When asked, most Lawyers reason that they leave firms due to extreme workloads and the high level of time commitment a firm demands. Newer generations of lawyers want to balance workload and their family life, unfortunately without flexible working arrangements it all tends to become too overwhelming and leads to burn out, lawyers loose their passion and desire to produce quality work and eventually disengage from their career.
Lack of Mentoring & Training
This area is one where young lawyers are becoming increasingly dissatisfied. Often firms are making spiritless attempts at mentoring and informal training. This along with limited or complete lack of Partner contact are becoming the single most common reasons for lawyers leaving a firm.
It’s unquestionable that culture can make or break any firm’s ability to retain talent. But determining ‘culture’ and what makes it good or bad is notoriously difficult. Prominent themes that come up in our discussions with lawyers are lack of transparency, poor communication, lack of trust and constructive criticism, lack of team work and lack of resources.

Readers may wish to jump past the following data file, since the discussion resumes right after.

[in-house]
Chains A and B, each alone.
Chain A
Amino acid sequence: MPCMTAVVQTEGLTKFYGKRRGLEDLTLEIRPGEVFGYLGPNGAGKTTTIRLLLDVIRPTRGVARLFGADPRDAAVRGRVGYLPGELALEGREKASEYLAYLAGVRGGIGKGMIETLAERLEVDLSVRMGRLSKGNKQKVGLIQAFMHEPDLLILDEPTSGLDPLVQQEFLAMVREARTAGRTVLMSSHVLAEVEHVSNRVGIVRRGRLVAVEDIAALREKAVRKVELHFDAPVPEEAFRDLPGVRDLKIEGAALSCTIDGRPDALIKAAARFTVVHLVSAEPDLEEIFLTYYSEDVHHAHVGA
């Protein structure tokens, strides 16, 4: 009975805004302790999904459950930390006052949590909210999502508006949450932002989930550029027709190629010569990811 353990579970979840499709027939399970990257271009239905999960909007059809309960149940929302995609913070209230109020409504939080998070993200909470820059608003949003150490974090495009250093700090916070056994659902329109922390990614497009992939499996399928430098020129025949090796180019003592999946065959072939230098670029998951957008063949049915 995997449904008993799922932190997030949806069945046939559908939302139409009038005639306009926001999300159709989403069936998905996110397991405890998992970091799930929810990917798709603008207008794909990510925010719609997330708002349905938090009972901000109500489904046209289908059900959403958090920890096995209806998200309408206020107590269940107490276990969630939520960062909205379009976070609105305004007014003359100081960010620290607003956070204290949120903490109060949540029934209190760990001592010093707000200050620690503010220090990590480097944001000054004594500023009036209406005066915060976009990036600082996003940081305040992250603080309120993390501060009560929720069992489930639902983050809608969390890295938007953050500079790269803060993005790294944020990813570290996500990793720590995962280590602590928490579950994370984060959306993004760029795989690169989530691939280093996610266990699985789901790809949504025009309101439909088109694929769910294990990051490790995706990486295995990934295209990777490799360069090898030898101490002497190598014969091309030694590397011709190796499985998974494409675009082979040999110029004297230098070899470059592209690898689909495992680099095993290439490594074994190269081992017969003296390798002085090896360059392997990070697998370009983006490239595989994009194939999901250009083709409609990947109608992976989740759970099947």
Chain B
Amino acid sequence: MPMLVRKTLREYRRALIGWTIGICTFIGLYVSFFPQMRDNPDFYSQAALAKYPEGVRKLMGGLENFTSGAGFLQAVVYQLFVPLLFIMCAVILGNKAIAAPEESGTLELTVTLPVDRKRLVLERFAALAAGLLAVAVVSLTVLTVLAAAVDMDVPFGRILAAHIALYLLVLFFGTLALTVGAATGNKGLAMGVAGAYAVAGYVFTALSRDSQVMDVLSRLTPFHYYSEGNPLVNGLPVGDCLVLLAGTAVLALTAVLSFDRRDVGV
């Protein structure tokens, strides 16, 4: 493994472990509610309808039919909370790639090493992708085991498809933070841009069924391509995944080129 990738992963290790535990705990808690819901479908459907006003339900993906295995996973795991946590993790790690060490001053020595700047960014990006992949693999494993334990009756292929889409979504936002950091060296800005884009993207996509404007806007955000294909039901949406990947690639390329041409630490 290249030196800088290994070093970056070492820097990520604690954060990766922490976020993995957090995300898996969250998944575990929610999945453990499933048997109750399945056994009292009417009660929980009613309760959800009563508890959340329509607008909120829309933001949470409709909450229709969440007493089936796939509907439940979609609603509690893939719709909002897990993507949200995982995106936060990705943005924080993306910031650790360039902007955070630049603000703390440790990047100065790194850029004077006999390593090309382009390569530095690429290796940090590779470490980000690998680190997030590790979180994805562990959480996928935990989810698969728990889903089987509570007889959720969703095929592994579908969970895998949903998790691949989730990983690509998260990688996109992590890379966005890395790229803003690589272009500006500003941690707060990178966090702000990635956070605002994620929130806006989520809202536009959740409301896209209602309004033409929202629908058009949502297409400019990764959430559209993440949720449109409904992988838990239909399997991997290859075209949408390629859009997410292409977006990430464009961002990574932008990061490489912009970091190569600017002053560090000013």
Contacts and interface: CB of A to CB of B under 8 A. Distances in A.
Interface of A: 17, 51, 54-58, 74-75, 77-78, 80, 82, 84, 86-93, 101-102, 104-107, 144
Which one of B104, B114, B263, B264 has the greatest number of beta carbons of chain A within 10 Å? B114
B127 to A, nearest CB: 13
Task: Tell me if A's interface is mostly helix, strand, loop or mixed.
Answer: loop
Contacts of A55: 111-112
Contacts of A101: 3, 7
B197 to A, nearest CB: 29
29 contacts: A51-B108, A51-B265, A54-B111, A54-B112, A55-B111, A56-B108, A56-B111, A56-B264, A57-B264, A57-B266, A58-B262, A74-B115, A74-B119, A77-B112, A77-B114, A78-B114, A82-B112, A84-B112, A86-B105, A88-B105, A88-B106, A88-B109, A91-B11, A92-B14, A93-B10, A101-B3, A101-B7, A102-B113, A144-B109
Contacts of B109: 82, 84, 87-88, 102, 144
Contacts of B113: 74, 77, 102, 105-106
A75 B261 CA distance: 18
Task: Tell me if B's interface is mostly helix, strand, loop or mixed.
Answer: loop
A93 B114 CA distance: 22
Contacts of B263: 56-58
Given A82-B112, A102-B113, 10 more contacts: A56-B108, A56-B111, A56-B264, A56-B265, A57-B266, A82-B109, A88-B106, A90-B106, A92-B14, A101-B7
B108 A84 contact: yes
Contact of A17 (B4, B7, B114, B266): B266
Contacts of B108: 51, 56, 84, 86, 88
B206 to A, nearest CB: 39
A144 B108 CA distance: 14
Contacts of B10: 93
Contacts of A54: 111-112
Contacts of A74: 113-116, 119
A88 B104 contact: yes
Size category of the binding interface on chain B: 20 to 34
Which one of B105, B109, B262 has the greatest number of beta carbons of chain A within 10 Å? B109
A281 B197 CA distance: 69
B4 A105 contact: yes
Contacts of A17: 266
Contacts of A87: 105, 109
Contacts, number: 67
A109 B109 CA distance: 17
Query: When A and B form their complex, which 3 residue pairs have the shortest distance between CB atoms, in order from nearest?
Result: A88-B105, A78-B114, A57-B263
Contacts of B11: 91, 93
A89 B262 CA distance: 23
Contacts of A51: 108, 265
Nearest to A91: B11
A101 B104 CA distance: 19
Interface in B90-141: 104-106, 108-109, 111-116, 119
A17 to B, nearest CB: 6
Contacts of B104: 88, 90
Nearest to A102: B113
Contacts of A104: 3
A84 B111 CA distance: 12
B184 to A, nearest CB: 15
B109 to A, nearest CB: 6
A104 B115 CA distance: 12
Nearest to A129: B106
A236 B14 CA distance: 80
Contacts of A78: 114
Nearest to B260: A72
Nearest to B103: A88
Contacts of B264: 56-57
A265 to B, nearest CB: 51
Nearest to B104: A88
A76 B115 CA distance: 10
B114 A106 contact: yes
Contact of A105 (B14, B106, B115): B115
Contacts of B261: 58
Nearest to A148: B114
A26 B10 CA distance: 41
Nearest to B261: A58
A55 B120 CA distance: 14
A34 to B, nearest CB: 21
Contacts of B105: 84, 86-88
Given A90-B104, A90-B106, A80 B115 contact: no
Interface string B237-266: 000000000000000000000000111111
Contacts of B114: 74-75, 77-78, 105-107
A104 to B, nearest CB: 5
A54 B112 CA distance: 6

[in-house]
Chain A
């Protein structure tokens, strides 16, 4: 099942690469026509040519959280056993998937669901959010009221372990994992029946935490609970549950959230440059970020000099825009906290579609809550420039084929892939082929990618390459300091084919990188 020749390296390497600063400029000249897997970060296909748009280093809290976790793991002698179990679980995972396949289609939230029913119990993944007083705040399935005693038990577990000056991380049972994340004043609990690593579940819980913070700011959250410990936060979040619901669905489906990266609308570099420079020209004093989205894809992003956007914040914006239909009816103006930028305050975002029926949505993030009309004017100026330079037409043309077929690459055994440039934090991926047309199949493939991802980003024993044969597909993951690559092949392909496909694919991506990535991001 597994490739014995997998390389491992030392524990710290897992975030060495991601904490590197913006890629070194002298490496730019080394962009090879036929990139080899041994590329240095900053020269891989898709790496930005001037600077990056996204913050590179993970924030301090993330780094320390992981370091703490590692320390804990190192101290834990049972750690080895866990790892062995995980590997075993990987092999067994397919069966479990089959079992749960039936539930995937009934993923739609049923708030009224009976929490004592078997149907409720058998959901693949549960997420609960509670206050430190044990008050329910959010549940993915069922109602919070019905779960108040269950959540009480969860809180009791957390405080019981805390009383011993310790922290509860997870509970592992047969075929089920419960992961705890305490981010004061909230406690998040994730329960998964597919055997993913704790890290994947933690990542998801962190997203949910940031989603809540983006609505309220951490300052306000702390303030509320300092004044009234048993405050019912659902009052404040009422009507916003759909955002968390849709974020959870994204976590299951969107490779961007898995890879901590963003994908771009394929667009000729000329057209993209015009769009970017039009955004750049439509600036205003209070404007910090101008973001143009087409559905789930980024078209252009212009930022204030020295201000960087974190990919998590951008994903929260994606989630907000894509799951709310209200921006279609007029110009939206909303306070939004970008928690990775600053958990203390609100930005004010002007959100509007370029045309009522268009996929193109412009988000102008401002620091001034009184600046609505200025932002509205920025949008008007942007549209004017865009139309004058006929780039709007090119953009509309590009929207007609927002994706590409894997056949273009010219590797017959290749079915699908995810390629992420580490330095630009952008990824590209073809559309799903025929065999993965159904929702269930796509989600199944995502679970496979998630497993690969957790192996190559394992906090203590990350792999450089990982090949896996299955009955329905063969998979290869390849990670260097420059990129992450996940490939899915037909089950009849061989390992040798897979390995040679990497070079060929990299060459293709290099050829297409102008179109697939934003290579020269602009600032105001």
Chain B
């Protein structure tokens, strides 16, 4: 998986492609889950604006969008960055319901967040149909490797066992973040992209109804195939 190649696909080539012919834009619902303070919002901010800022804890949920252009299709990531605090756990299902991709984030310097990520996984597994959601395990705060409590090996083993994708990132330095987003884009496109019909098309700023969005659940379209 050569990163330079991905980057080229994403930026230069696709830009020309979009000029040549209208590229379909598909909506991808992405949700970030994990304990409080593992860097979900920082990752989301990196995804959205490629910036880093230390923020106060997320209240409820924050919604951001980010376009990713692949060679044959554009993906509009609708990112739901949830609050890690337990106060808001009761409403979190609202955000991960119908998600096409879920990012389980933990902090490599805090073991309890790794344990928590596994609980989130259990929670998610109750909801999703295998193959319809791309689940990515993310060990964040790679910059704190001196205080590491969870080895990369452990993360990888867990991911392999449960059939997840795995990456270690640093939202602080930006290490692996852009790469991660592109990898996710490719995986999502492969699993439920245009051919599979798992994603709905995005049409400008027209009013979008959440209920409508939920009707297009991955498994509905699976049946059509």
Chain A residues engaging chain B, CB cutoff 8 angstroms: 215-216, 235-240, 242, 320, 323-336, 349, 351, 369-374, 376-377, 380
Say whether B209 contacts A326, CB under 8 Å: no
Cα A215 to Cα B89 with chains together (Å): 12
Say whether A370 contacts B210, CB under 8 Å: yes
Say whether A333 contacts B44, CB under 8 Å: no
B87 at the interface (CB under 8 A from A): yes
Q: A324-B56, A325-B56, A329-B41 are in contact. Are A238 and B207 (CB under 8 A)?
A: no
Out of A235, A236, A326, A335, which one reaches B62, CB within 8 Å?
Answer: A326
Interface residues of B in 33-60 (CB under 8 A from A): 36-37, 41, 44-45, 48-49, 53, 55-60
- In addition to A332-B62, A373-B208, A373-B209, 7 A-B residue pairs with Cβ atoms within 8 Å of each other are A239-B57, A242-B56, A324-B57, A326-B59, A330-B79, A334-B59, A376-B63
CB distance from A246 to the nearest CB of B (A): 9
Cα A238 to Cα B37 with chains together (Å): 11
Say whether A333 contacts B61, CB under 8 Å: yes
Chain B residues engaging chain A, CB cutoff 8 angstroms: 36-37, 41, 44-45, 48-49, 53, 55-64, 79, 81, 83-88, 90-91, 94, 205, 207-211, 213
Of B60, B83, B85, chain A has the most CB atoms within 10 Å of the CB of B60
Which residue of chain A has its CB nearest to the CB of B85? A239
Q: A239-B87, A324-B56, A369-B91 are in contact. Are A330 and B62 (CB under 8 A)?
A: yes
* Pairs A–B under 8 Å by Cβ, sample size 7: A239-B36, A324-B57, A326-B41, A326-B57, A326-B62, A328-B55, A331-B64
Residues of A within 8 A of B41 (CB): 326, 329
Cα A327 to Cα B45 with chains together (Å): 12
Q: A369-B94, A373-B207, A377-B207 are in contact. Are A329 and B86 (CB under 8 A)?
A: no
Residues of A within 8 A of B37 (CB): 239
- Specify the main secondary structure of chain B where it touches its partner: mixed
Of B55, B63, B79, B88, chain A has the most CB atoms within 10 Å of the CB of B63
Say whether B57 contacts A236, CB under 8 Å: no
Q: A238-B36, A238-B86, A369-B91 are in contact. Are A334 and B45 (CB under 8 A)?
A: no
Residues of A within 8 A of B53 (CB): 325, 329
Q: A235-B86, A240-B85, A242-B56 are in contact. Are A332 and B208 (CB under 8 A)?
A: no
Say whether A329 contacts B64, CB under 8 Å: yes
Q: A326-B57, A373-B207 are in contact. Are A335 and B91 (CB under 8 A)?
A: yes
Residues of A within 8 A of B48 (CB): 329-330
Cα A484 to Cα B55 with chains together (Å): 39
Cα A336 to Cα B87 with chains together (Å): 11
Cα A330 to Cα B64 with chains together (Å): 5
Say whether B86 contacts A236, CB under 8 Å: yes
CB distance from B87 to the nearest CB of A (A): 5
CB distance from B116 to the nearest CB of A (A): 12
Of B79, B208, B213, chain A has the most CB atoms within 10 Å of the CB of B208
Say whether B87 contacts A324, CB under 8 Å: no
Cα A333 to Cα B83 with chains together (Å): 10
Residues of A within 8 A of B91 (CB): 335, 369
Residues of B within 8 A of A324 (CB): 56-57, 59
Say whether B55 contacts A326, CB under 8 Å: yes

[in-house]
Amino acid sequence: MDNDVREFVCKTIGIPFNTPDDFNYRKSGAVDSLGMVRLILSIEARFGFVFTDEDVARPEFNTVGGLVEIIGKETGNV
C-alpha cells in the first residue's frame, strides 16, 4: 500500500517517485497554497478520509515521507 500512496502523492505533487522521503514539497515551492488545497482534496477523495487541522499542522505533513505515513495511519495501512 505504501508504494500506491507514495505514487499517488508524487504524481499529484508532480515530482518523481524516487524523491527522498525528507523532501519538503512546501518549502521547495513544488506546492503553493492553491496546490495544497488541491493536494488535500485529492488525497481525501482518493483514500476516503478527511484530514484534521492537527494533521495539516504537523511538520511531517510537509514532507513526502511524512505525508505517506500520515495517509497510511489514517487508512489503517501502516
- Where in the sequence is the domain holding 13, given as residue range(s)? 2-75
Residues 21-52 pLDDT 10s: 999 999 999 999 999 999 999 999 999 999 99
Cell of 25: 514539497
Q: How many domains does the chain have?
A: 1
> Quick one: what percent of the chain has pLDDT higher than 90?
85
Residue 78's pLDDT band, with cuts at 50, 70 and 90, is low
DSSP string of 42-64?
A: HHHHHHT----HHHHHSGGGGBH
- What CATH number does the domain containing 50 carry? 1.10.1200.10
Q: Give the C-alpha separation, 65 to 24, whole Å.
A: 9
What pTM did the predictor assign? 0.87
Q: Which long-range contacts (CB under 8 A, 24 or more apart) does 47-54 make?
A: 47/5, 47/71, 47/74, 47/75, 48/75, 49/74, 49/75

BigLaw vs NewLaw
Lawyers are leaving BigLaw and heading to NewLaw. Let’s face it, BigLaw doesn’t like to do things differently, NewLaw is not troubled by it and new generation lawyers find this extremely attractive. Lawyers want to feel as though they are playing an integral role in the business, feel valued for the contribution and aren’t looked at as just a number. They want their careers to feel less stagnant and NewLaw firms offer plenty of opportunity for growth.
How can firms retain top talent?
The hiring process is a substantial investment of time, money and resources. With this being said, it is imperitive that firms maintain job satifisfaction and employee retention rate. Although salaries and bonuses can be the initial attraction for new talent, there are several other factors to consider if you are looking to keep them around for the long haul. As part of our video blog series, 5 Minutes with Sonder, we sit down with top legal professionals to discuss what they think firms can do better to retain top talent.